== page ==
Kids Looking at iPad

Student Privacy Bill Introduced in the House, Yet Many Questions Remain

Following President Obama’s expressed interest in improving student privacy legislation in the K-12 domain, Reps. Luke Messer (R-IN) and Jared Polis (D-CO) introduced on Wednesday (4/29/2015) H.R. 2092: The Student Digital Privacy and Parental Rights Act of 2015.  According to The New York Times, “the bill would prohibit operators of websites, apps and other online services for kindergartners through 12th graders from knowingly selling students’ personal information to third parties; from using or disclosing students’ personal information to tailor advertising to them; and from creating personal profiles of students unless it is for a school-related purpose.”

Congress has yet to receive the full text of the bill, but reporting by The New York Times reveals notably points.

First, in addition to rights already available under the Family Educational Rights and Privacy Act (FERPA), parents would have the right to download “material” their children create.  It’s unclear at this point if the definition of “material” includes data and metadata gathered from digital tracking, or if it is restricted to information and documentation students create.

Second, parents would have the ability to delete information that schools “do not need to retain.”  Until we see the bill’s text, it’s difficult to determine how this right will be constructed in policy and enacted in practice.  I will be concerned if schools will be able to liberally define a “need to retain” in order to block a right to delete.  In an era of Big Data and data-driven accountability, some advanced schools in this domain will make the argument that historical student data works to the benefit of their analytical aims, and deleting such data will hinder some of their projects.  Perhaps the more concerning element of this right to delete is how it narrowly focuses in on schools and exempts educational technology companies from providing the same right to parents and students once they come of age.  Of course, this may be clarified in the bill’s construction later on.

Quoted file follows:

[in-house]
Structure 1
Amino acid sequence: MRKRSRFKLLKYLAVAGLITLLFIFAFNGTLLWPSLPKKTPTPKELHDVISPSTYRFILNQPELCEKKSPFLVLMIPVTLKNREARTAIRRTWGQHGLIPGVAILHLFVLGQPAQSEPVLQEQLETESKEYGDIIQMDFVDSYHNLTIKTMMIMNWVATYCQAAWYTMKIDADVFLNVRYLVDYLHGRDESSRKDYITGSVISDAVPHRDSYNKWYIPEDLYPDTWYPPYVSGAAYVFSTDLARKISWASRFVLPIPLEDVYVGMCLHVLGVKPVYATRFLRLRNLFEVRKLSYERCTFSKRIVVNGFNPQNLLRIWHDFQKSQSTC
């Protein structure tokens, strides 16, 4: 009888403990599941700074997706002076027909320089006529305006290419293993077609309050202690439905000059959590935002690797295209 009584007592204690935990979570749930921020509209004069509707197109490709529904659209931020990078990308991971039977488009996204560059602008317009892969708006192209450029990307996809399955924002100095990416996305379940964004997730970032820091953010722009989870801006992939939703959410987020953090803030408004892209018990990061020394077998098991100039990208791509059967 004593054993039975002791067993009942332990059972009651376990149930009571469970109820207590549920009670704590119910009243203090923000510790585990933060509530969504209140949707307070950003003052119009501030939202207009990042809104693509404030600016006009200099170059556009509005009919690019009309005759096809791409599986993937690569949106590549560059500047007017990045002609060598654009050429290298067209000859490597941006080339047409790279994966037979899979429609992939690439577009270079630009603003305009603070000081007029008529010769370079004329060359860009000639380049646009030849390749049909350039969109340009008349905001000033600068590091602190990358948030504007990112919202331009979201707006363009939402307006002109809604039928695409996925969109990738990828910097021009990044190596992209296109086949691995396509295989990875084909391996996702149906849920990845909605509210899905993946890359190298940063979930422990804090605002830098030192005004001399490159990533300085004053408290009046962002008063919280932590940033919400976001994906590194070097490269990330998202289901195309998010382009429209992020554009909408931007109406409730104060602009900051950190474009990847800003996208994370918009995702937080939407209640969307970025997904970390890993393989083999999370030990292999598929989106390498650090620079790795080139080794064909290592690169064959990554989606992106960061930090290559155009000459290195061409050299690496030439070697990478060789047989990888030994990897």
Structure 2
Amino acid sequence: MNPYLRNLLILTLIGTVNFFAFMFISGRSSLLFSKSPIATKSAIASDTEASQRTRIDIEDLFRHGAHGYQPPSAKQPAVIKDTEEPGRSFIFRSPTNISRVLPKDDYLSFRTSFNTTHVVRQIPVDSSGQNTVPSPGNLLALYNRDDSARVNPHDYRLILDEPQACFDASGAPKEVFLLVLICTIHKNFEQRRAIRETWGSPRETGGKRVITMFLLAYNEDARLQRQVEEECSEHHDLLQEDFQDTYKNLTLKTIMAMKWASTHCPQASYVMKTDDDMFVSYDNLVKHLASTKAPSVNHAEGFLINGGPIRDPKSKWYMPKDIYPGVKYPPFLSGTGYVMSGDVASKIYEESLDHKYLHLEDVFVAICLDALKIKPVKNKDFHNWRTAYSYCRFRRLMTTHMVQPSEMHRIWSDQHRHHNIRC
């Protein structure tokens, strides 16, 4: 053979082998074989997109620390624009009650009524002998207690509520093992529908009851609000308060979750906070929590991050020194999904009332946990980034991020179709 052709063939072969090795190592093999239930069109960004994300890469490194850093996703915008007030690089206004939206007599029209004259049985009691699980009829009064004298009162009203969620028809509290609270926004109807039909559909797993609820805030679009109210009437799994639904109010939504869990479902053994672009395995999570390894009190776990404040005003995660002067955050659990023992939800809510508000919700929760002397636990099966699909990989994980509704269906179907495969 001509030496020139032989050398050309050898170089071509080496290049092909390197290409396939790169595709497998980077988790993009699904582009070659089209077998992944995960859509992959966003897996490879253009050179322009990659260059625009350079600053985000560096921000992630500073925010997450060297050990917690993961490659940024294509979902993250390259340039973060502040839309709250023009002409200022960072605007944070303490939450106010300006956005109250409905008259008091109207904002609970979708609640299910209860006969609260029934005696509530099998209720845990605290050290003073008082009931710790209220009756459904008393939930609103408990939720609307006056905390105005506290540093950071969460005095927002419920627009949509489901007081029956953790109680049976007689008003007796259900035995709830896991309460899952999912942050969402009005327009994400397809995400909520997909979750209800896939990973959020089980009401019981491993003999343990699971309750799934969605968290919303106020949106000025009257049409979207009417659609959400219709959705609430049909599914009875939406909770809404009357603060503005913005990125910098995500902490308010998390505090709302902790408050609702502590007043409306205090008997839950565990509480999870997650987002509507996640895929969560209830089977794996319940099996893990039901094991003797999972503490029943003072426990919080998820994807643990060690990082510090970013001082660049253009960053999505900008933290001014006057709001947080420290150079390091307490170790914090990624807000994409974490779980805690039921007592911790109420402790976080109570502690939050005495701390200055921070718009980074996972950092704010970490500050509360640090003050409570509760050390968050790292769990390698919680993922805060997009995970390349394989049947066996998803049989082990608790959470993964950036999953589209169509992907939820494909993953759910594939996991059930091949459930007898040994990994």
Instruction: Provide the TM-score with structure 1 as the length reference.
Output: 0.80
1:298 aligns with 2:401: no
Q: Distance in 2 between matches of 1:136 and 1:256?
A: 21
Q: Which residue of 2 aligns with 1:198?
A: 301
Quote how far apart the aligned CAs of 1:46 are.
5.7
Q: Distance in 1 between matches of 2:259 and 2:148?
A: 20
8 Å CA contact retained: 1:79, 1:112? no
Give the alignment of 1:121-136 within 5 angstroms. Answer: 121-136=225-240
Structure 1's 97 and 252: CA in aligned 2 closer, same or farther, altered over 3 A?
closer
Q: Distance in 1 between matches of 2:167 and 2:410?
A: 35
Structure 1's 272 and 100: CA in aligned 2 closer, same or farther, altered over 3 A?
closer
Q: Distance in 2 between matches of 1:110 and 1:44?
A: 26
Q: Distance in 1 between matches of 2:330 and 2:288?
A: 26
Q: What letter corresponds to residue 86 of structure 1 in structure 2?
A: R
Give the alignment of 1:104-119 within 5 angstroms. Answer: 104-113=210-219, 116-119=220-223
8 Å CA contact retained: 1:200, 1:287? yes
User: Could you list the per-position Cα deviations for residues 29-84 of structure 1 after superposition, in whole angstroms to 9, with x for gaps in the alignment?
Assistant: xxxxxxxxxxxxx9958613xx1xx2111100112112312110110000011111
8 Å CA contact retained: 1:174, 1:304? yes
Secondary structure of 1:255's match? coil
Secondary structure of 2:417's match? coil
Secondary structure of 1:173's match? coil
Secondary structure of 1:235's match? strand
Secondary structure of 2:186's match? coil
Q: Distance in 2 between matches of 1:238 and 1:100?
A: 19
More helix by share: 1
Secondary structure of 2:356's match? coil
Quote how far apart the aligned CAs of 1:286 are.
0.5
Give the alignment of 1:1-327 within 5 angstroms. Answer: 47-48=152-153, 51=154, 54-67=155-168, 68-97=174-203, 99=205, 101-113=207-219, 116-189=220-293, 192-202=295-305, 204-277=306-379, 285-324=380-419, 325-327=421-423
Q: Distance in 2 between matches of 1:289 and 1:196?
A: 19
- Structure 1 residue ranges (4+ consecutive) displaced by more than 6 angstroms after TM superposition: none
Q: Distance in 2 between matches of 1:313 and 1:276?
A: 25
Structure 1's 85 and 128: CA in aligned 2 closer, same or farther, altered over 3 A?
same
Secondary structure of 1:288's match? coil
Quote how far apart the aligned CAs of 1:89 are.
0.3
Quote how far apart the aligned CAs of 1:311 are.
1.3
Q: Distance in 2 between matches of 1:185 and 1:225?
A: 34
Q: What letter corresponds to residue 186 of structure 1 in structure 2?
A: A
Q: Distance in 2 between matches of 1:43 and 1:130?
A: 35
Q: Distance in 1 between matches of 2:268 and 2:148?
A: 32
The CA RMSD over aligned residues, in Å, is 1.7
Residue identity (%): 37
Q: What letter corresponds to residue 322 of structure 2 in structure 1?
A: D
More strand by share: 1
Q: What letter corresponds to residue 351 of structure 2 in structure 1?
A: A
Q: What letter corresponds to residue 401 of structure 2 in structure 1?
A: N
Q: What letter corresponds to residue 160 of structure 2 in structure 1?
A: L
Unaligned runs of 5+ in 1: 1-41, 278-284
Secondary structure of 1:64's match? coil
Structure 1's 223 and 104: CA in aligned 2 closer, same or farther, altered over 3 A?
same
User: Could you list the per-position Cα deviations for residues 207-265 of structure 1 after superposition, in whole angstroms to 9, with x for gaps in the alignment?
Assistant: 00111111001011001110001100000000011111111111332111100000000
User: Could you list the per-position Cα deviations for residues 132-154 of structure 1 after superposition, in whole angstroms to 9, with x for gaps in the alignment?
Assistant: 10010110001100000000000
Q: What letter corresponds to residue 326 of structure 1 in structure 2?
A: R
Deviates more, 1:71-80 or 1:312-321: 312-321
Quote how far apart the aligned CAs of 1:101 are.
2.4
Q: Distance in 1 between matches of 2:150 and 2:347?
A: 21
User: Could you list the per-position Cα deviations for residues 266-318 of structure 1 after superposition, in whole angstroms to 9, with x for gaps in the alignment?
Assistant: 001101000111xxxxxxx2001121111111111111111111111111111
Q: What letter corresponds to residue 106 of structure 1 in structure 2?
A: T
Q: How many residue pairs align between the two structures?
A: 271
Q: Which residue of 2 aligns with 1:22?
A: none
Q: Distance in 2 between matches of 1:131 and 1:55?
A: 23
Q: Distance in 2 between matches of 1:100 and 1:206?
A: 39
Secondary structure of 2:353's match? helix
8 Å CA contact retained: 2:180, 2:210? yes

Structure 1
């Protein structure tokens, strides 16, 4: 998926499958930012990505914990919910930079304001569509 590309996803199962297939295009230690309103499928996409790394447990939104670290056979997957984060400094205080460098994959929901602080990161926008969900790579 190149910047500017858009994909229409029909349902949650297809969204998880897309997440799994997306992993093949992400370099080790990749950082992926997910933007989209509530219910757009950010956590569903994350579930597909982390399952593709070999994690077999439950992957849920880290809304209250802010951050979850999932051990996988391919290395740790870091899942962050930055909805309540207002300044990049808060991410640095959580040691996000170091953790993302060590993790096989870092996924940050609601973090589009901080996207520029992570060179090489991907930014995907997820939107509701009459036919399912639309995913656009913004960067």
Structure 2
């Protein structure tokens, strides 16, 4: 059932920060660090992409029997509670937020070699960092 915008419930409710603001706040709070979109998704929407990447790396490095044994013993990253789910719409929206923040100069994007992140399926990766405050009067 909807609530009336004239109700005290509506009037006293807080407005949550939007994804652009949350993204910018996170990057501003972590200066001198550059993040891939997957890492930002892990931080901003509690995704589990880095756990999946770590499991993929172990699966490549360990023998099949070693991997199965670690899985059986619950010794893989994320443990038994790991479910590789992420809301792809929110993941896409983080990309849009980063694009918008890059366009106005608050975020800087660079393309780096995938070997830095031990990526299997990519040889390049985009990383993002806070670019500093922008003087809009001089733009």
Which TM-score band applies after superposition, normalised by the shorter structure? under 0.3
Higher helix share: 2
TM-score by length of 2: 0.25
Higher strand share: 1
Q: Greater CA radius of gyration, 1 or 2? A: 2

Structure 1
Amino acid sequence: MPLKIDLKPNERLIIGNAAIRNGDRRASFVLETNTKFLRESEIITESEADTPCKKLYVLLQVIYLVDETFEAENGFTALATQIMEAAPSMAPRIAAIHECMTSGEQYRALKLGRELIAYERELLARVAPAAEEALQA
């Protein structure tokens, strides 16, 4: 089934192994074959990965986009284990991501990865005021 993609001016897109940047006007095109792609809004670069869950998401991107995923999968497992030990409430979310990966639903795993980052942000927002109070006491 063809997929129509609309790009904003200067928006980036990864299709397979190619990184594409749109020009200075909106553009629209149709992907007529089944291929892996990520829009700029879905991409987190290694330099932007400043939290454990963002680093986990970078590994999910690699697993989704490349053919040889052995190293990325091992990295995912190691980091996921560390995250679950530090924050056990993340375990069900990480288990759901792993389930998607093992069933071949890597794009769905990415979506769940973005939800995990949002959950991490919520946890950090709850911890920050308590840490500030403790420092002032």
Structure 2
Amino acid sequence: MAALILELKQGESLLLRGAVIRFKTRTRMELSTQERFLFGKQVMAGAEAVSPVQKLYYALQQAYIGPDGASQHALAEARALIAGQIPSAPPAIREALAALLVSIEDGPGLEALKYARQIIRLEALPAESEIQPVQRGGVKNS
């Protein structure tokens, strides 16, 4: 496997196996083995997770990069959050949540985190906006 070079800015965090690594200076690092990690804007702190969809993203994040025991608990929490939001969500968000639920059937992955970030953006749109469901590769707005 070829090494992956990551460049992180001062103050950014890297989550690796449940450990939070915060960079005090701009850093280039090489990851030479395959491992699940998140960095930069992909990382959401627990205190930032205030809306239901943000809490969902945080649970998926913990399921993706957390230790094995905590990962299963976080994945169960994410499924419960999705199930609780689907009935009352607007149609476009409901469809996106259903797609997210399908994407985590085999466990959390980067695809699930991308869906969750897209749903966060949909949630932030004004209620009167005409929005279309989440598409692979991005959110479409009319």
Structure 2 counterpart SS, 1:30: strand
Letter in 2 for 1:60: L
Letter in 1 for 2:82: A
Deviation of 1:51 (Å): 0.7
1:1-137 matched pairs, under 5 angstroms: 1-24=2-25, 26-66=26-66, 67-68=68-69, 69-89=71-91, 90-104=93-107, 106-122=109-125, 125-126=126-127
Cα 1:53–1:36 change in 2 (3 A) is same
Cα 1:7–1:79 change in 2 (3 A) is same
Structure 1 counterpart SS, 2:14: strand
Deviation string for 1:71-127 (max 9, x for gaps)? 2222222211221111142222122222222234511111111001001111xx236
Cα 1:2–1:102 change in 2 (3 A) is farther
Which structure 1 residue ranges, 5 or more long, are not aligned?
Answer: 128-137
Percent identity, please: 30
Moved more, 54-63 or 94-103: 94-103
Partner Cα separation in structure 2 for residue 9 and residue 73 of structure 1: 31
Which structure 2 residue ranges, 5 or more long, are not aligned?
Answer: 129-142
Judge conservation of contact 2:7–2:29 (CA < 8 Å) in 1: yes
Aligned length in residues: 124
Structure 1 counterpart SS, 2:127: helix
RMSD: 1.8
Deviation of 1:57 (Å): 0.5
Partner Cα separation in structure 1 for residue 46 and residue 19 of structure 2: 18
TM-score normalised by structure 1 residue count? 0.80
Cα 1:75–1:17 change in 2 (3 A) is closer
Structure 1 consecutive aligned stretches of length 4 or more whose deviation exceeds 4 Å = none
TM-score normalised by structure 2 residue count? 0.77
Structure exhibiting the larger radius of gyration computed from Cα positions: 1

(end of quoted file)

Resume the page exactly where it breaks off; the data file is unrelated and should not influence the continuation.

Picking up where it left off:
Finally, the bill provides edTech companies great liberties to use, disclose, and even sell anonymized data to improve the effectiveness of their products or financially benefit from the sale of data during mergers and acquisitions.  I should note that the bill does limit the use of personally identifiable information and restricts personalized advertising to students.  Yet, I argue that we need to be wary about freedoms to use anonymized data given that data aggregators and brokers in the long term may be able to reidentify students given enough data.

Rep. Polis defended the bill in a conference call, stating that it enhanced student privacy and allowed for “the promise of education technology to transform our schools.”  But, as The New York Times article points out, the efficacy of educational technologies, despite their proliferation in the market, is questionable, and many school districts do not have the skill sets to adequately assess and manage the growing mélange of technological tools in the classroom.

As I wrote about previously when President Obama first explained his intention to improve student privacy, it still concerns me that such a bill fails to include protections for higher education students, especially since many of the same issues apply to this class of students as well.

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